Beauty and Sadness
A tidal wave is coming. Soon I am sure. It will sweep all of us away.
--The opening lines of Eureka
One of the more familiar works of Japanese art--particularly in the West, where it has shown up everywhere from ecocampaigns to the cover of the Metropolitan Museum of Art gift catalogue--is Hokusai's Shogun-era The Great Wave. Everybody knows the picture: a massive, percolating arch of water, dwarfing the far-off Mount Fuji and frozen at the instant of breaking. The wave has been hanging there, imperiling the painting's tiny fishermen, since the early part of the nineteenth century.
It would be hard to imagine that Aoyama Shinji, director of another epic and audacious Japanese import, Eureka, didn't have Hokusai's lurching wave somewhere in his mind while building his three-hour-and-forty-minute film. (In an era when Hollywood's current top stars seem constitutionally and/or contractually incapable of appearing in anything under two hours and fifteen minutes, it still seems necessary to mention Eureka's unorthodox length, if only because in this case it works.) Not only is the film poised, from murderous opening to rapturous conclusion, on an emotional precipice of imminent danger and delirium; it is, like The Great Wave, a work suspended between cultures: Hokusai created a supposedly classical Japanese painting by marrying Eastern imagery to Western artistic innovations. Aoyama's movie presumes on the surface a most Japanese serenity, while at its heart is soul-shaking psychological and spiritual violence, ignited by a very Western cinematic sensibility. No cars blow up, only souls.
Despite the opening weather forecast--voiced over by the film's delicate Kozue, who will be given such a moving and virtually mute performance by young Miyazaki Aoi--what comes closest to physically resembling a tidal wave in Eureka is a bus, cresting a hill in a heat-vapor haze and bearing a distinct air of menace. We've seen a woman in a bonnet waving goodbye from a hillside to her children en route to school; older brother, younger sister, they seem to adore/tolerate each other silently, routinely. They board that bus and what follows is a sequence of dispassionately considered horror: the entrance of an obviously disturbed character, his suit a careless attempt at white-collar respectability; the bus parked in an otherwise empty lot; bodies splayed on the gravel; one fleeing passenger shot dead in his tracks. The camera observing helplessly, possibly against its will.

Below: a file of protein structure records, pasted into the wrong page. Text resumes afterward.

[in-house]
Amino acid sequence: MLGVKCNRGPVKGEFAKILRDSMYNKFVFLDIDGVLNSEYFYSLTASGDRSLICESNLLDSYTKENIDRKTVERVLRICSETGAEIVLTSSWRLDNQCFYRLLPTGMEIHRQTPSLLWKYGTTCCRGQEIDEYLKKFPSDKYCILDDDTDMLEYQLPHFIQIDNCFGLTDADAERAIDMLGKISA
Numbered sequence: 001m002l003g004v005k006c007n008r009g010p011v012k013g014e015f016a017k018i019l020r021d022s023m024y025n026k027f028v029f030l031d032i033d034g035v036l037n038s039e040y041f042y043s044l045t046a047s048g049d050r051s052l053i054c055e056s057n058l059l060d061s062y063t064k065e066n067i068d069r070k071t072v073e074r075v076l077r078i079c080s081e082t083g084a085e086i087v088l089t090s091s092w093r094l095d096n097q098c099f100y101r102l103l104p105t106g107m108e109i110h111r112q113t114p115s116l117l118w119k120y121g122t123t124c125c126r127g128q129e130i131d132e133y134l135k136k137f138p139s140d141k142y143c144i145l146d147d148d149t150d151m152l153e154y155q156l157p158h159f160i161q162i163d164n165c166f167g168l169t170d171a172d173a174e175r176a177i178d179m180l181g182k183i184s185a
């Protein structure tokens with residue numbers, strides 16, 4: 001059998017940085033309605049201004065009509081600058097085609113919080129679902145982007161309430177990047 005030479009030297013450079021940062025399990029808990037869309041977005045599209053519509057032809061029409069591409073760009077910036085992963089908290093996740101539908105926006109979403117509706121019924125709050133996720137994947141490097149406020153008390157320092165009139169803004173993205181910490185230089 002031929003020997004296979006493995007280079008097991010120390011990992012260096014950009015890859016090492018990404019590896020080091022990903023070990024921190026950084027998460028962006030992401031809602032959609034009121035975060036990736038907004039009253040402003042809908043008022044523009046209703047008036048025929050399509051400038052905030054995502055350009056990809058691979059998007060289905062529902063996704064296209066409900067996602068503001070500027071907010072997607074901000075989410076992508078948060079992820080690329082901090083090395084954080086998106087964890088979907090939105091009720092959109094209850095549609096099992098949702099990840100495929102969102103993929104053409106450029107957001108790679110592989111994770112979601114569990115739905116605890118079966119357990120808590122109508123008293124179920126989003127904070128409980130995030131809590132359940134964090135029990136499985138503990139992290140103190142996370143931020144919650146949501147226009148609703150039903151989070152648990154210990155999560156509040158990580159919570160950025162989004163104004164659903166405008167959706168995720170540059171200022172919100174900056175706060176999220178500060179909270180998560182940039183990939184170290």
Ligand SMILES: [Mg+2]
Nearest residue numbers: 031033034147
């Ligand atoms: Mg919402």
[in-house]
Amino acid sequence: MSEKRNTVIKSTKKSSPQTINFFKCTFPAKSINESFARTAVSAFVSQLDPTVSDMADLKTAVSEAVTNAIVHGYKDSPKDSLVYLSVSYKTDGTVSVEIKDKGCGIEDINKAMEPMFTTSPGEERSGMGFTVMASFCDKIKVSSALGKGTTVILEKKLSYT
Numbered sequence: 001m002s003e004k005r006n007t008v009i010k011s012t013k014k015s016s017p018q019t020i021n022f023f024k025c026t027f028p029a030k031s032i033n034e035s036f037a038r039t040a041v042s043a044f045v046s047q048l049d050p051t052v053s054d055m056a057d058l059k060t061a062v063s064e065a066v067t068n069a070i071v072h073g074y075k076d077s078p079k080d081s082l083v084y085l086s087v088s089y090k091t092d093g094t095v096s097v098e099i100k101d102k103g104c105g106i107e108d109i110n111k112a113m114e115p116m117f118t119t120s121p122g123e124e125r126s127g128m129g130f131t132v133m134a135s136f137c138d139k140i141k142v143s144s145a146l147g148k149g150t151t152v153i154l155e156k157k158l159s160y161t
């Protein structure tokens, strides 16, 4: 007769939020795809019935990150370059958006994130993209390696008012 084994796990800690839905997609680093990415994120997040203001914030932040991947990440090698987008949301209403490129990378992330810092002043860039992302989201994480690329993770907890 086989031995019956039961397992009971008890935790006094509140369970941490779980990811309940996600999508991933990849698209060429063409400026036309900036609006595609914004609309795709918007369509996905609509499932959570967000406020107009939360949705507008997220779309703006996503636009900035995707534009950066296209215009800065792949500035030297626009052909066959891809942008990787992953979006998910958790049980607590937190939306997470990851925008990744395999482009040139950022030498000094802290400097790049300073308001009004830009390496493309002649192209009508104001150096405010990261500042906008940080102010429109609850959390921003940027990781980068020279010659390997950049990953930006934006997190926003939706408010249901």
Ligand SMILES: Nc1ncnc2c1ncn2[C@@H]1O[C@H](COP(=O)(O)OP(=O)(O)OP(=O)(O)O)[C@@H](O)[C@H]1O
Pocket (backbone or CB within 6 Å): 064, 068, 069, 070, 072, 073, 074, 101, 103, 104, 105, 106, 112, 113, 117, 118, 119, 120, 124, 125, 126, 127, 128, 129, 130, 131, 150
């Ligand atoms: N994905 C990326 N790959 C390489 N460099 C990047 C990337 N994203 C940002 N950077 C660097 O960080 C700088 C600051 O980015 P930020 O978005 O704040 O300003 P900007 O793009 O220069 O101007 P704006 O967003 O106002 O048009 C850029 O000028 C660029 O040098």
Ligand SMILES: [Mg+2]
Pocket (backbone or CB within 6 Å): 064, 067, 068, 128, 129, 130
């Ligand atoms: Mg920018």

The cops arrive, at last. And what adds to our rising sense of dismay is that we know so much more than they do. (What people know and when they know is essential to the fascination of Eureka.) They phone the madman, who has covered the inside of the bus windows with newspaper, shot several of its occupants and is clearly in that space where reason has evaporated and only more killing can diminish the sense of crime: The more bodies, the less each can mean. It's a sentiment that will haunt the survivors of this "incident" throughout the rest of the film. Meanwhile, the cops ring Busjack Man's cell phone. Kozue covers her ears.
Because he collapses in fear while being walked around the lot by Busjack Man, the driver--named Makoto, and played by veteran film star Yakusho Koji (Shall We Dance?, The Eel, Sleeping Man)--allows the sharpshooters an opening. But the shot's not clean: The wounded Busjack Man gets back on the bus, managing to kill everyone on board but the kids. It's not that he doesn't try to be thorough--his gun, and his eyes, are trained on the two at the moment the police shoot him dead. And it's not that he doesn't succeed, in his way: That he is himself finally killed prevents nothing, really, but an actual bullet leaving an actual chamber.
Eureka is not a film about a bus hijacking. (With more than three hours to go, how could it be?) Nor is it, exclusively, about the serial killings that punctuate the movie. It's a ghost story, about the almost-killed being viewed as if they were. Or worse--that they've become dangerous, walking time bombs whose experience has placed them beyond the common law of common experience, and rendered them entirely unpredictable.